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Canadian Catholics and Evangelicals to enter into dialogue

Posted: January 19, 2011 • Permanent URL: http://ecu.net/?p=1785Add a comment Transmis : 19 janvier 2011 • URL permanente : http://ecu.net/?p=1785Écrire un commentaire

Margaret O'GaraThe Catholic Church in Canada has agreed to begin a formal theological dialogue with Evangelicals.

“It’s a new thing in Canada,” said Margaret O’Gara, a theology professor at Toronto’s University of St. Michael’s College who has been involved in Protestant, Anglican and Orthodox dialogue for the past 35 years. She will be among the Catholic participants.

“We all have the expectation that this will be a personally enriching experience and that, hopefully, we will contribute to the strength of the Church in Canada,” said David Freeman, who is strategic interface vice president for the Christian and Missionary Alliance in Canada.

Freeman will be the Evangelical co-chair of the dialogue, with Regina Archbishop Daniel Bohan as the Catholic co-chair.

The first set of meetings will take place March 24-25 in Toronto.

Evangelicals and Catholics have been meeting informally since 2008 to explore whether to enter into formal talks. Freeman said a consensus began to emerge from the preliminary gatherings that “resulted in rich personal relationships.” Members began to learn about the respective traditions and what they can offer each other and that “ongoing conversation needs to be rooted in ministry together, in co-operation, and not just dialogue.”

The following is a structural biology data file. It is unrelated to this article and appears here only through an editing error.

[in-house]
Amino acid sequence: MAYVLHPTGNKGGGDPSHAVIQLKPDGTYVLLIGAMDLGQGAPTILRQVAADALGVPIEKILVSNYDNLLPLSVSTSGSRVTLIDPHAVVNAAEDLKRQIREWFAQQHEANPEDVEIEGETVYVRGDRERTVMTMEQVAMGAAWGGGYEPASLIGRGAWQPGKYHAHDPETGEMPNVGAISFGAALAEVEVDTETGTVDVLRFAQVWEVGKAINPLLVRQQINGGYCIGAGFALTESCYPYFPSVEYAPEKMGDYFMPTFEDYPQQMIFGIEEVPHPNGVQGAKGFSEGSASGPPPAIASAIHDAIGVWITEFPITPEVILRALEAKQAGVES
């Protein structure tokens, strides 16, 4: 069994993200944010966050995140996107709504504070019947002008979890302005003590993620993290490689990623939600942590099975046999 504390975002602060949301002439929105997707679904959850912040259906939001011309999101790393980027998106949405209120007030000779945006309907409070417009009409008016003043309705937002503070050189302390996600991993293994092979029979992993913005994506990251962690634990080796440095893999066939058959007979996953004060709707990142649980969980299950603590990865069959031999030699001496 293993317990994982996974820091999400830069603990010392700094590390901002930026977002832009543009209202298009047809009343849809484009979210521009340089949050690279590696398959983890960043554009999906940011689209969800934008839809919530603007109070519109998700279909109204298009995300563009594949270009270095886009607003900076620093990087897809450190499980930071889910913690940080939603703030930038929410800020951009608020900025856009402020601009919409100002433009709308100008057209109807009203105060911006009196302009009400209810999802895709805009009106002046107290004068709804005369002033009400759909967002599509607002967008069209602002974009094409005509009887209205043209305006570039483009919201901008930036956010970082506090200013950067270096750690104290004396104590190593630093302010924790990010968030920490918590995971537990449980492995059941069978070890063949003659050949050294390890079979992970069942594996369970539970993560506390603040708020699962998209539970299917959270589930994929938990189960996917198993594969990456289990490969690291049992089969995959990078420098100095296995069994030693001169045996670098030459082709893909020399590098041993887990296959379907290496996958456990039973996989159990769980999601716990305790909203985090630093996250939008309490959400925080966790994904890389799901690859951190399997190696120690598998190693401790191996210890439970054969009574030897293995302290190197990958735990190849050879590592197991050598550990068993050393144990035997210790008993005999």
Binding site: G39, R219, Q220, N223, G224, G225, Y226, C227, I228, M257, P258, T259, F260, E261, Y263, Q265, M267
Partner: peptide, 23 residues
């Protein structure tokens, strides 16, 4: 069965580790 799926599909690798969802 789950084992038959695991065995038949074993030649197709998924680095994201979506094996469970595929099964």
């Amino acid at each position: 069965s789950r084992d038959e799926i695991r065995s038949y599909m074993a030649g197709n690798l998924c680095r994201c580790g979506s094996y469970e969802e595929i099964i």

But Freeman admits not all Evangelicals will understand the reasons for a formal dialogue with Catholics.

“Some would have great concern about theological differences and others would question the ability of Catholics to be culturally relevant, something which Evangelicals have tried to address,” he said.

“However, there are many Evangelicals who appreciate the continuity they see in the Catholic Church and there is an increasing appreciation of historic expressions of spirituality reflected in Catholic worship.”

The Canadian Conference of Catholic Bishops and the Evangelical Fellowship of Canada have participated together in interventions before various courts, and have also participated side by side in the public square on issues such as traditional marriage.

But O’Gara said the theological discussions will not be issue-driven but probe the theological foundations both share as well as explore where they disagree. It will explore questions such as “Who is Jesus Christ?” “What does it mean to believe in God?” and “How can the Christian faith be preached in Canada?”

Catholics and Evangelicals agree on the basics of the Christian faith: they share the same beliefs in Christ, in the Trinity, in the nature of God, in what it means to be human and that God created the world, she said.

“Catholics and Evangelicals share a strong emphasis on the truth,” she said. “Both are interested in truth claims: the Christian teaching is true; it’s not just a nice way to live.”

The Catholic members of the official dialogue include co-chair Bohan, O’Gara, Sr. Susan Mosteller, CSJ, Fr. James Hutton, Brett Salkeld and CCCB ecclesial and interfaith relations senior advisor Jonas Abromaitis.

The EFC participants are Alan Anderson, Rev. Scott Doggart, Freeman, David Guretzki, Victor Shepherd and EFC vice-president of ministry services Aileen Van Ginkel.



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